- Blindsight by Peter Watts - it's actually quite impressive that Peter Watts's Blindsight--a sort of demented Rendezvous with Rama--is as riveting as it is, seeing as by most of the stricter definitions of the word, the novel doesn't actually have a plot. Our heroes--a motley crew of genetically and cybernetically altered individuals, who include a person who has carved their mind up into four distinct personalities in order to make better use of its processing time, a scientist whose sensory organs have been replaced by scientific equipment which allows him to see, taste and smell lab results, and a vampire, as well as our narrator, a professional observer and interpreter--arrive at an alien artifact lurking menacingly at the edge of the solar system. There follows a series of increasingly nasty and ill-advised attempts to study it which essentially amount to poking something very scary with a sharp stick. The inevitable ensues, although not before our heroes deduce the novel's Big, Neat Idea, a revelation about the nature of intelligent life in the universe. As the novel's coda reveals, however, whether or not our brave heroes defeat the invading alien horde is of very little significance in the grand scheme of things. The real menace to humanity was lurking back on Earth, and although the above-mentioned revelation ties into the nature of this menace, it is a useless insight. By the time anyone from the ship arrives on Earth to tell their tale, the whole mess will be over.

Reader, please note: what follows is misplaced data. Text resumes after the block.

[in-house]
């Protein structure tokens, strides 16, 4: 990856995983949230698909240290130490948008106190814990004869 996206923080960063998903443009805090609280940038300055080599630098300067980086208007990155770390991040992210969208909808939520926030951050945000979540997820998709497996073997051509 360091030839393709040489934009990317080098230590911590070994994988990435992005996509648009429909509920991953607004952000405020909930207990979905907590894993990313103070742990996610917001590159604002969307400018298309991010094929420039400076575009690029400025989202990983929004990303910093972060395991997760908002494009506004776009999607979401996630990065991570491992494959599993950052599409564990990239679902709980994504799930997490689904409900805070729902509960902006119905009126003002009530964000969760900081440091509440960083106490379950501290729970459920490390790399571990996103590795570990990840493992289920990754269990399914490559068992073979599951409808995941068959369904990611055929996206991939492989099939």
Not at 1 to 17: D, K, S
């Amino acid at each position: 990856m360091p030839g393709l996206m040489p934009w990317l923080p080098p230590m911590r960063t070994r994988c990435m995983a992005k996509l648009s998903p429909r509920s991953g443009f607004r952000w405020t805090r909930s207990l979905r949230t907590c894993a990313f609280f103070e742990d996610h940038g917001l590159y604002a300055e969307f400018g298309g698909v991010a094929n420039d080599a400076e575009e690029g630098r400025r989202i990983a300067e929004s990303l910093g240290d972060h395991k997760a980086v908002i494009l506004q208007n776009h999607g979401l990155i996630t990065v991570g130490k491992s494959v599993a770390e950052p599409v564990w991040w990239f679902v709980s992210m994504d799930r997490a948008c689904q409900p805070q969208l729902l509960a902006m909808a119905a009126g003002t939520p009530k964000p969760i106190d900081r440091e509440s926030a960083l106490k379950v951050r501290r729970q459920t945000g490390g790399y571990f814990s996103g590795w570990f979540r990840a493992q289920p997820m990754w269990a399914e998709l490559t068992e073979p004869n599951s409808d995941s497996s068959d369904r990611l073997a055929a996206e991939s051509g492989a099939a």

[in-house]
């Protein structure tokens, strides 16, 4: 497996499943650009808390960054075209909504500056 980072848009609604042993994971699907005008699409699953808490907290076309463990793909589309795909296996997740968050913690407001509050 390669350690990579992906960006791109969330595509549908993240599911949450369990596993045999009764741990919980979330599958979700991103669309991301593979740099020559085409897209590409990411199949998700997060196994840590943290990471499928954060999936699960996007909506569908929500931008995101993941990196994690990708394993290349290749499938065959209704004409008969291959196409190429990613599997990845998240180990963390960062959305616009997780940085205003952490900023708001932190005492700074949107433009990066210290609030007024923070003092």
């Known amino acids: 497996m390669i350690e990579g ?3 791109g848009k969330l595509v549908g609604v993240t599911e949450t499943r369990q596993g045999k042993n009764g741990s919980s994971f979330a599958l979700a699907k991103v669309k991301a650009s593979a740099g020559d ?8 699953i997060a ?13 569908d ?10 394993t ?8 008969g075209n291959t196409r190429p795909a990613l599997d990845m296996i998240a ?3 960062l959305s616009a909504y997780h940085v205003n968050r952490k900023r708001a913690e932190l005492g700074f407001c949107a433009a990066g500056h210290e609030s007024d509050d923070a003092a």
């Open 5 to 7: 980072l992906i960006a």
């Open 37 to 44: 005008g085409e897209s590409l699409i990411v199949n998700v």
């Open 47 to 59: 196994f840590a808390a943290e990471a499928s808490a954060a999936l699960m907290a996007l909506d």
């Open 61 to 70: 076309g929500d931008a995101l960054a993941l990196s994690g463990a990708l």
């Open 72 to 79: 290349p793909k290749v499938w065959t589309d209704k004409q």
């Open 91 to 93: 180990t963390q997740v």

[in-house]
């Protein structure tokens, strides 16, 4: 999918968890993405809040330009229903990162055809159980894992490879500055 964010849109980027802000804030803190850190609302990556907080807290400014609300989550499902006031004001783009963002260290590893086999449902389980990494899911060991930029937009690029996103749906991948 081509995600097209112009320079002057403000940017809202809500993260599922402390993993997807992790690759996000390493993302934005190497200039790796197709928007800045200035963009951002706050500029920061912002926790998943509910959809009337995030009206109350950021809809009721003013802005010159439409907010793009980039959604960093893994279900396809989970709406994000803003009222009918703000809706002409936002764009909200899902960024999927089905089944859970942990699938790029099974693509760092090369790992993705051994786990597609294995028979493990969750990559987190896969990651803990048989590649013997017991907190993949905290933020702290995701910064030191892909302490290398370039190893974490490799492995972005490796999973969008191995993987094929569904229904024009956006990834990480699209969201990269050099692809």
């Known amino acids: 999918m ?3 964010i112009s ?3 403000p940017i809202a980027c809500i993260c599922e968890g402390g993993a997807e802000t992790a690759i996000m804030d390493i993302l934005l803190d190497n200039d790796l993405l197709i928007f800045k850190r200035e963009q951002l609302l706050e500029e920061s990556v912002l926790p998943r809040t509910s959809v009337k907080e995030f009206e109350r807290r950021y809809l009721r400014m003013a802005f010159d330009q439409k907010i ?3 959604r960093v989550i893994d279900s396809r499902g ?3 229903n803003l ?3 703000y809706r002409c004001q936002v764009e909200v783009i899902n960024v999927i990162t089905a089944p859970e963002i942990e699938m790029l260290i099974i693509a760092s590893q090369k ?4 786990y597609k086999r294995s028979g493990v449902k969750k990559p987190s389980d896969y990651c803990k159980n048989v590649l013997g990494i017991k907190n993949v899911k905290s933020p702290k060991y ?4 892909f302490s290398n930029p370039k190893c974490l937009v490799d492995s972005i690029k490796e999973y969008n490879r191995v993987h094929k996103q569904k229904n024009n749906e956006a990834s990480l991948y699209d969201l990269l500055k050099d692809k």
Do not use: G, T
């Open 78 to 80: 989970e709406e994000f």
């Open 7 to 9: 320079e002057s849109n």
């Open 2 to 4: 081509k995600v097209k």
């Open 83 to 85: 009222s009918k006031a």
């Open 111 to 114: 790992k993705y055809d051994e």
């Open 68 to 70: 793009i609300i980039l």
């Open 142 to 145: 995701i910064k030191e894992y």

Ultimately, Blindsight is not much more than a delivery system for Watts's Big, Neat Idea, as well as a host of smaller, only slightly less-neat ideas that shore up his world-building and explore facets of his central conceit--ideas about the gap between perception and reality, about the ways in which the brain tricks itself into constructing a model of reality that might be only dimly related to what's actually out there, and the ways in which that sophisticated system of self-delusion can go catastrophically wrong. This isn't actually a bad thing. The sheer tonnage of cool ideas is enough to carry the novel over the finish line (especially in its second half, when Watts lays off the technical jargon), but Watts has the presence of mind to use his characters as walking, talking illustrations of his concepts in such a way as to make us care for them. The novel's narrator, Siri Keeton, prides himself on his objectivity, but as we, and ultimately, he, learn, he is in fact the most unreliable narrator imaginable. Siri's veneer of detachment, his faith in his own inhumanity, are stripped away through contact with something genuinely inhuman and fundamentally detached. Siri isn't exactly a sympathetic character, but his slow progress towards acknowledging and embracing his humanity, even as the rest of his race loses it, is, if nothing else, utterly fascinating. (Watts has made Blindsight available online through a Creative Commons License.)